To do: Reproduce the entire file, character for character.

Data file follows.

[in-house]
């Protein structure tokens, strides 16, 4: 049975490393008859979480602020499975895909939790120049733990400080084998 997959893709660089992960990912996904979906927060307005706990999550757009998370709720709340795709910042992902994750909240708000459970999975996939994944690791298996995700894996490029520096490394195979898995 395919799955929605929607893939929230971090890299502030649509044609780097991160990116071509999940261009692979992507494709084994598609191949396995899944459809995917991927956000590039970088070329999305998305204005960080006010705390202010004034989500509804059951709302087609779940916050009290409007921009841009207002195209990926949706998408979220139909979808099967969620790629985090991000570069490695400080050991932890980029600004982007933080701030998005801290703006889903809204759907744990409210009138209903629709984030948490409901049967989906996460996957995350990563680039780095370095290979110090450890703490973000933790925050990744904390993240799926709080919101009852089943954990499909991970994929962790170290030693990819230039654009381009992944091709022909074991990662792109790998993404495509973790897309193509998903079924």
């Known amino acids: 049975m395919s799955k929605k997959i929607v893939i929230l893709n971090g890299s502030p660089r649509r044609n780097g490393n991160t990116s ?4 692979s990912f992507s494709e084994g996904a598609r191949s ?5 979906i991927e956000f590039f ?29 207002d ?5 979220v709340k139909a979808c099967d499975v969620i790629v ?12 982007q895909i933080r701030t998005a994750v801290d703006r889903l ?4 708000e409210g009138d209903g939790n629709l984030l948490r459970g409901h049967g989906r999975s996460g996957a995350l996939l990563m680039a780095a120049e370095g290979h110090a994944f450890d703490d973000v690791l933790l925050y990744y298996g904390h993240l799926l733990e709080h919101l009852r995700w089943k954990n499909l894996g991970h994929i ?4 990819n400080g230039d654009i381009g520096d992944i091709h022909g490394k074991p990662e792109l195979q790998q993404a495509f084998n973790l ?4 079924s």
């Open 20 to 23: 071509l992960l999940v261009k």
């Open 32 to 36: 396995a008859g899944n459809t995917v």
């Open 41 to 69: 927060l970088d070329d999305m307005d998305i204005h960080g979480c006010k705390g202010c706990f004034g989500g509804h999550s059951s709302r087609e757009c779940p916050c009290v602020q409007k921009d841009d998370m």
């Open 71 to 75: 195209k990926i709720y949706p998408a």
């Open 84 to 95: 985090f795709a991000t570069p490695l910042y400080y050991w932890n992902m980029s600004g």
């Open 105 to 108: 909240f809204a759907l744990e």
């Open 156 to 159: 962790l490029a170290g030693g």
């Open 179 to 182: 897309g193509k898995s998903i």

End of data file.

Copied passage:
[in-house]
């Protein structure tokens, strides 16, 4: 049975490393008859979480602020499975895909939790120049733990400080084998 997959893709660089992960990912996904979906927060307005706990999550757009998370709720709340795709910042992902994750909240708000459970999975996939994944690791298996995700894996490029520096490394195979898995 395919799955929605929607893939929230971090890299502030649509044609780097991160990116071509999940261009692979992507494709084994598609191949396995899944459809995917991927956000590039970088070329999305998305204005960080006010705390202010004034989500509804059951709302087609779940916050009290409007921009841009207002195209990926949706998408979220139909979808099967969620790629985090991000570069490695400080050991932890980029600004982007933080701030998005801290703006889903809204759907744990409210009138209903629709984030948490409901049967989906996460996957995350990563680039780095370095290979110090450890703490973000933790925050990744904390993240799926709080919101009852089943954990499909991970994929962790170290030693990819230039654009381009992944091709022909074991990662792109790998993404495509973790897309193509998903079924």
């Known amino acids: 049975m395919s799955k929605k997959i929607v893939i929230l893709n971090g890299s502030p660089r649509r044609n780097g490393n991160t990116s ?4 692979s990912f992507s494709e084994g996904a598609r191949s ?5 979906i991927e956000f590039f ?29 207002d ?5 979220v709340k139909a979808c099967d499975v969620i790629v ?12 982007q895909i933080r701030t998005a994750v801290d703006r889903l ?4 708000e409210g009138d209903g939790n629709l984030l948490r459970g409901h049967g989906r999975s996460g996957a995350l996939l990563m680039a780095a120049e370095g290979h110090a994944f450890d703490d973000v690791l933790l925050y990744y298996g904390h993240l799926l733990e709080h919101l009852r995700w089943k954990n499909l894996g991970h994929i ?4 990819n400080g230039d654009i381009g520096d992944i091709h022909g490394k074991p990662e792109l195979q790998q993404a495509f084998n973790l ?4 079924s």
């Open 20 to 23: 071509l992960l999940v261009k």
């Open 32 to 36: 396995a008859g899944n459809t995917v």
């Open 41 to 69: 927060l970088d070329d999305m307005d998305i204005h960080g979480c006010k705390g202010c706990f004034g989500g509804h999550s059951s709302r087609e757009c779940p916050c009290v602020q409007k921009d841009d998370m």
């Open 71 to 75: 195209k990926i709720y949706p998408a």
């Open 84 to 95: 985090f795709a991000t570069p490695l910042y400080y050991w932890n992902m980029s600004g």
């Open 105 to 108: 909240f809204a759907l744990e």
């Open 156 to 159: 962790l490029a170290g030693g």
């Open 179 to 182: 897309g193509k898995s998903i």